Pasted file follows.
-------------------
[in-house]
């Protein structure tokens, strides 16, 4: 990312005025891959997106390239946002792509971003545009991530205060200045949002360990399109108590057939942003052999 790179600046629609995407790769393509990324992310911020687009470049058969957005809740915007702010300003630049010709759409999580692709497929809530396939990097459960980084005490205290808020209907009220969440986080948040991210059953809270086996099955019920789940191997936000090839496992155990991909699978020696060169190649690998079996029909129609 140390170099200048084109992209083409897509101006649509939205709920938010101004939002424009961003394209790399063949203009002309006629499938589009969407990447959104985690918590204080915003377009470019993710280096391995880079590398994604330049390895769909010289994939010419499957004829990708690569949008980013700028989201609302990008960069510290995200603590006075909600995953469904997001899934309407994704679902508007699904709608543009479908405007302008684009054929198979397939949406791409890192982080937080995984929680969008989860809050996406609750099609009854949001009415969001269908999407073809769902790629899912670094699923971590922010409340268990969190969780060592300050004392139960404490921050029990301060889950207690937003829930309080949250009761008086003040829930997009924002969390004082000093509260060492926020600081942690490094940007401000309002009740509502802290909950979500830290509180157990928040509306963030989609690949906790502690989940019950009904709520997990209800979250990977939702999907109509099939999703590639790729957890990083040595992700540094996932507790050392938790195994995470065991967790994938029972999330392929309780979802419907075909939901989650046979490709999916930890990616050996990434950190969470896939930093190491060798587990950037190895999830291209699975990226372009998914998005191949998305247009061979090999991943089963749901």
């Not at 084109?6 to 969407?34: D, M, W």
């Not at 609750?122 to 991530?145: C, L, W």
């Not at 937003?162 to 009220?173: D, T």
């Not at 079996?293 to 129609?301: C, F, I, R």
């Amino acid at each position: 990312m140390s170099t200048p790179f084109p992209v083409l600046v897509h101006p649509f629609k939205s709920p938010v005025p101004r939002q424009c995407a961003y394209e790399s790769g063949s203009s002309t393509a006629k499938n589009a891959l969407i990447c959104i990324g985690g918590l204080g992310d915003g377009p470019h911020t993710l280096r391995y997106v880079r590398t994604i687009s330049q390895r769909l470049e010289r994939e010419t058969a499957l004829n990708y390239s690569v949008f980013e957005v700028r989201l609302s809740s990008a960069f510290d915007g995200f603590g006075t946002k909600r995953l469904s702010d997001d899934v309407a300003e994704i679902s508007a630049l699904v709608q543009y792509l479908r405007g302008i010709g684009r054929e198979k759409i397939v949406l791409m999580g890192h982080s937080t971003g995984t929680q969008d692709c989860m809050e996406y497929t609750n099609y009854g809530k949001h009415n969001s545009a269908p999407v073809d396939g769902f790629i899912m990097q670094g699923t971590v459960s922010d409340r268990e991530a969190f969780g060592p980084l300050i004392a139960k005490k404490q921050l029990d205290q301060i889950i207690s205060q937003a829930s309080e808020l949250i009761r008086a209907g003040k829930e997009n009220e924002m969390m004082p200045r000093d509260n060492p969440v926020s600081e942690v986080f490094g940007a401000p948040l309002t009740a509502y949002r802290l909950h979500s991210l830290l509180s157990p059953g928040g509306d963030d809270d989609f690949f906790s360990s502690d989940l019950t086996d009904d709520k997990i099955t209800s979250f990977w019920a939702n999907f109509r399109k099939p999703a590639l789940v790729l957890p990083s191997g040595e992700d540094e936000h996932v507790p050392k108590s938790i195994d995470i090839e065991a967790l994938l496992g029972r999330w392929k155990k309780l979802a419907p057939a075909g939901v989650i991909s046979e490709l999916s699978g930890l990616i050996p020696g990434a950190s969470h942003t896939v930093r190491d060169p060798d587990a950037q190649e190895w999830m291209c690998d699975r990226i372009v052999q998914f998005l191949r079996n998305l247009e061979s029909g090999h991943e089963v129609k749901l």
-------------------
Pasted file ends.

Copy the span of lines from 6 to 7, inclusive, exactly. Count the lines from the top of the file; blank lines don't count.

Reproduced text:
């Not at 079996?293 to 129609?301: C, F, I, R």
């Amino acid at each position: 990312m140390s170099t200048p790179f084109p992209v083409l600046v897509h101006p649509f629609k939205s709920p938010v005025p101004r939002q424009c995407a961003y394209e790399s790769g063949s203009s002309t393509a006629k499938n589009a891959l969407i990447c959104i990324g985690g918590l204080g992310d915003g377009p470019h911020t993710l280096r391995y997106v880079r590398t994604i687009s330049q390895r769909l470049e010289r994939e010419t058969a499957l004829n990708y390239s690569v949008f980013e957005v700028r989201l609302s809740s990008a960069f510290d915007g995200f603590g006075t946002k909600r995953l469904s702010d997001d899934v309407a300003e994704i679902s508007a630049l699904v709608q543009y792509l479908r405007g302008i010709g684009r054929e198979k759409i397939v949406l791409m999580g890192h982080s937080t971003g995984t929680q969008d692709c989860m809050e996406y497929t609750n099609y009854g809530k949001h009415n969001s545009a269908p999407v073809d396939g769902f790629i899912m990097q670094g699923t971590v459960s922010d409340r268990e991530a969190f969780g060592p980084l300050i004392a139960k005490k404490q921050l029990d205290q301060i889950i207690s205060q937003a829930s309080e808020l949250i009761r008086a209907g003040k829930e997009n009220e924002m969390m004082p200045r000093d509260n060492p969440v926020s600081e942690v986080f490094g940007a401000p948040l309002t009740a509502y949002r802290l909950h979500s991210l830290l509180s157990p059953g928040g509306d963030d809270d989609f690949f906790s360990s502690d989940l019950t086996d009904d709520k997990i099955t209800s979250f990977w019920a939702n999907f109509r399109k099939p999703a590639l789940v790729l957890p990083s191997g040595e992700d540094e936000h996932v507790p050392k108590s938790i195994d995470i090839e065991a967790l994938l496992g029972r999330w392929k155990k309780l979802a419907p057939a075909g939901v989650i991909s046979e490709l999916s699978g930890l990616i050996p020696g990434a950190s969470h942003t896939v930093r190491d060169p060798d587990a950037q190649e190895w999830m291209c690998d699975r990226i372009v052999q998914f998005l191949r079996n998305l247009e061979s029909g090999h991943e089963v129609k749901l």